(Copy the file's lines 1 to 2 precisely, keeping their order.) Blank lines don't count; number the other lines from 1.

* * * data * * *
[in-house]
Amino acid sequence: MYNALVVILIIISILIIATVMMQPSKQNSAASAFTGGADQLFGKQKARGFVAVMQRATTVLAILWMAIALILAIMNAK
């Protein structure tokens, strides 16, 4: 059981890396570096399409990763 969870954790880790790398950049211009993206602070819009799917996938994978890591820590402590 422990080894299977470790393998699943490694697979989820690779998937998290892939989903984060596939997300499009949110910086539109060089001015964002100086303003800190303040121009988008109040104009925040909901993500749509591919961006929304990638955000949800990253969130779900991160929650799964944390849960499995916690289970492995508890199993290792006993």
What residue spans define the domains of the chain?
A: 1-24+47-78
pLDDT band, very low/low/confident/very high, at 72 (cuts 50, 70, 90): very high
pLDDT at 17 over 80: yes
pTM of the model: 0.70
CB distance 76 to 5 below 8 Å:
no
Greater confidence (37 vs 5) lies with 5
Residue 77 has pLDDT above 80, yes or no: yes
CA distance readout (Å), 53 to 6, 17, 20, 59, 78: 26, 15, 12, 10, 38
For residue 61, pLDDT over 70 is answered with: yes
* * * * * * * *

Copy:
[in-house]
Amino acid sequence: MYNALVVILIIISILIIATVMMQPSKQNSAASAFTGGADQLFGKQKARGFVAVMQRATTVLAILWMAIALILAIMNAK